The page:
Darren Duncan skribis 2005-06-18 11:40 (-0700):
> item invocation syntax was exactly the same but with the 
> consideration that all private items have a ':' as the first 
> character in their otherwise alphanumeric names (the ':' looks like 
> part of an operator but it isn't).

Except for attributes, which play a different game: the colon comes
*instead* of the dot as the twigil, while the accessor method gets : in
front of its name. If I recall correctly, the syntax is very misleading
in that it is NOT part of the name.

I don't like the inconsistency.

>       PUBLIC      PRIVATE
>     ----------  ----------
>     ./method()  ./:method()

./:method is what I originally suggested along with my suggestion of
./method itself. I strongly dislike that .:method would work on $?SELF
and I also strongly dislike the contrived and false
two-\W-characters-mean-invocant-otherwise-it's-$_ rule. (It'd be true
(but would still feel artificial) if .+method would also use the
invocant. Which I pray is not the case.) 

I do not want there to be any indication of there being two defaults and
that there is a way to select the other default. ./ is an operator by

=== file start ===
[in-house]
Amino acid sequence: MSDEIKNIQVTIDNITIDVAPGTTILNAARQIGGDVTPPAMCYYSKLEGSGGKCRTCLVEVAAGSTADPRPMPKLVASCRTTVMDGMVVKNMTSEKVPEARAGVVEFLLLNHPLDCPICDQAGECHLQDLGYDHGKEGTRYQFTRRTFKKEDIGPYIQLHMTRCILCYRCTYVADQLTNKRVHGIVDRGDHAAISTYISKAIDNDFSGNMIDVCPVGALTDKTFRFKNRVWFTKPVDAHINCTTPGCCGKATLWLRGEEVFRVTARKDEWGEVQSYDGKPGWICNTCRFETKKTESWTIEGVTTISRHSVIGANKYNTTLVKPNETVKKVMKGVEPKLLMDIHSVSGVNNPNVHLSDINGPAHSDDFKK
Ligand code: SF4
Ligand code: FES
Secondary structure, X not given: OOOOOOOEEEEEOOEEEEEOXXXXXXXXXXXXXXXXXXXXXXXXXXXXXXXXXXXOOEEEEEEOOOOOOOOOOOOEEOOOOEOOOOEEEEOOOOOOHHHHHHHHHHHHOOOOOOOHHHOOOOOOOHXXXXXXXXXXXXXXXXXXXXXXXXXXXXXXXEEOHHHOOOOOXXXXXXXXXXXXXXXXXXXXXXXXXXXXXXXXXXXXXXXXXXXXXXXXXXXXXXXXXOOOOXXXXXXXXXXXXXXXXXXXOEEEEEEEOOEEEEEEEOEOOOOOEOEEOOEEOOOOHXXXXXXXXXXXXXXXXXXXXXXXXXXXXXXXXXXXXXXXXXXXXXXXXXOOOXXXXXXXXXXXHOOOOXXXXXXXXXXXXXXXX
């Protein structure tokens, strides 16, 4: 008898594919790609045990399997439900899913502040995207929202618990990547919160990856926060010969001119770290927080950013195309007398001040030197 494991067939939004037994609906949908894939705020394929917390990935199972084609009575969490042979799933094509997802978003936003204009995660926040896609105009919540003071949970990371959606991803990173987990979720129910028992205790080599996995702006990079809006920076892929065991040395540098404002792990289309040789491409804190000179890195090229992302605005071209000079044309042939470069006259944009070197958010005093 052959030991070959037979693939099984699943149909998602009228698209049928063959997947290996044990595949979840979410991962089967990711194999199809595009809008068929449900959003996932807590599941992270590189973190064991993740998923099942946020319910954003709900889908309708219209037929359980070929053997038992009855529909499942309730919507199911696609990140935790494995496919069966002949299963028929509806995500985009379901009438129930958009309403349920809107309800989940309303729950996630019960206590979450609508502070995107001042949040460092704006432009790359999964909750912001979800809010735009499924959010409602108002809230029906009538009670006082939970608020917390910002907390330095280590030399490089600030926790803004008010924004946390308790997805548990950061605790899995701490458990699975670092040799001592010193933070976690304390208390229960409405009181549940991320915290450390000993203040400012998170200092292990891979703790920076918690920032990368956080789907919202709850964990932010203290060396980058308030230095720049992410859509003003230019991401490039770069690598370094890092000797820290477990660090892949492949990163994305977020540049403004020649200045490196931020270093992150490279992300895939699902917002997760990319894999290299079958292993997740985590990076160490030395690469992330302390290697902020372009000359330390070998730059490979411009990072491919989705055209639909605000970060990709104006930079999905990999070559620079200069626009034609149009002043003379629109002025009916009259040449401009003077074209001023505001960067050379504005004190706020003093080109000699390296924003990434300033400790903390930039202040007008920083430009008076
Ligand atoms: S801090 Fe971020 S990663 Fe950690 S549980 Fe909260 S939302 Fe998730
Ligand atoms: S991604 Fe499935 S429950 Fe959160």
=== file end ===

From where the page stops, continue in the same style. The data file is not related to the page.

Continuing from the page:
itself and not the combination of . and /, and it cannot be used infix.
There is only ever one default variable|object in syntax, and that is

I'd like the colon to be part of the name, like underscore is used in
Perl 5: outside access is discouraged but entirely possible. I don't
think ANY syntax should be special cased for a method, just because it's
private. That doesn't mean there can't be a warning (warnings are not
syntax), and in fact a warning is all there should IMO be.

This means these public-private equivalency pairs exist:

    $foo.bar   $foo.:bar
    .bar       .:bar
    ./bar      ./:bar
    $.bar      $.:bar      # I wouldn't mind if $:bar were an *abbreviation*    
    .+bar      .+bar
    ./+bar     ./+:bar

(People could introduce other prefixes (although the number of available
characters is very limited) for other accessability indicators, like
perhaps [EMAIL PROTECTED] to allow web access.

>     [EMAIL PROTECTED]()  .@:method()

In Perl, @ has a VERY strong association with arrays, so except for
specialised frameworks, I recommend against using it for other purposes.

>     .>method()  .>:method()

I think > has just enough purposes, and that it should be left alone

    >        gt
    =>       pair
    ==>      pipe
    <>       qw
    <<>>     qw
    +>, ~>   shift
    ->, <->  sub

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